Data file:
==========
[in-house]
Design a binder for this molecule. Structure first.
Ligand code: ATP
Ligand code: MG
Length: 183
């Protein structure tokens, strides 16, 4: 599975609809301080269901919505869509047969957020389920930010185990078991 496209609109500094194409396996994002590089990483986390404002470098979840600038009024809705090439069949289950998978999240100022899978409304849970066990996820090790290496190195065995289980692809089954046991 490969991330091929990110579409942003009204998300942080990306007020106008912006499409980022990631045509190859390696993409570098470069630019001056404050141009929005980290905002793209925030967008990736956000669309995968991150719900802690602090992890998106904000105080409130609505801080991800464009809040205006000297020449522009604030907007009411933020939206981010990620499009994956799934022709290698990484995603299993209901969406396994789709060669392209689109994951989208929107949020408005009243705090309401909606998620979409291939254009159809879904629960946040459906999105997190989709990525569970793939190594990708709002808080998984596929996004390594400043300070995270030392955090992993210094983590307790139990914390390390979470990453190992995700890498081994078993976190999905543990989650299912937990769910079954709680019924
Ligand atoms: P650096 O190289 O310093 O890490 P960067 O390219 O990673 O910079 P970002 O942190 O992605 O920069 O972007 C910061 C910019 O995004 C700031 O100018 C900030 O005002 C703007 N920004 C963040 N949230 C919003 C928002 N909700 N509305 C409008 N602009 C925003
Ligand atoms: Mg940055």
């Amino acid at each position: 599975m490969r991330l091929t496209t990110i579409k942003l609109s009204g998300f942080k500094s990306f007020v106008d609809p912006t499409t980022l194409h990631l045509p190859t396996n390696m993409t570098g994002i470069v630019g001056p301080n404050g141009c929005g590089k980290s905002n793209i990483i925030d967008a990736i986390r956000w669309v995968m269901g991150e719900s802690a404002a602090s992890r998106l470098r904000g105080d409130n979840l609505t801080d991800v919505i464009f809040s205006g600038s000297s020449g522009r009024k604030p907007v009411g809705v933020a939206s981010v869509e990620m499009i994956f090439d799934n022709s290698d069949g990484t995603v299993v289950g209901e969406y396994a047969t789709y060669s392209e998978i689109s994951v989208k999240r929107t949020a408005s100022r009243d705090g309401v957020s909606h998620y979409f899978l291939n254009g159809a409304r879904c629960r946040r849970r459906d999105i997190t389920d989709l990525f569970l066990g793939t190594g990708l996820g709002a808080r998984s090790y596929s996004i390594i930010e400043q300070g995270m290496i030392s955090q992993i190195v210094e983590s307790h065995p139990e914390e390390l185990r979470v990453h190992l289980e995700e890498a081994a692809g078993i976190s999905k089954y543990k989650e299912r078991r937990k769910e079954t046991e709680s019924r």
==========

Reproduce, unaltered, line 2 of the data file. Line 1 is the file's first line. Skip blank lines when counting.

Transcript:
Design a binder for this molecule. Structure first.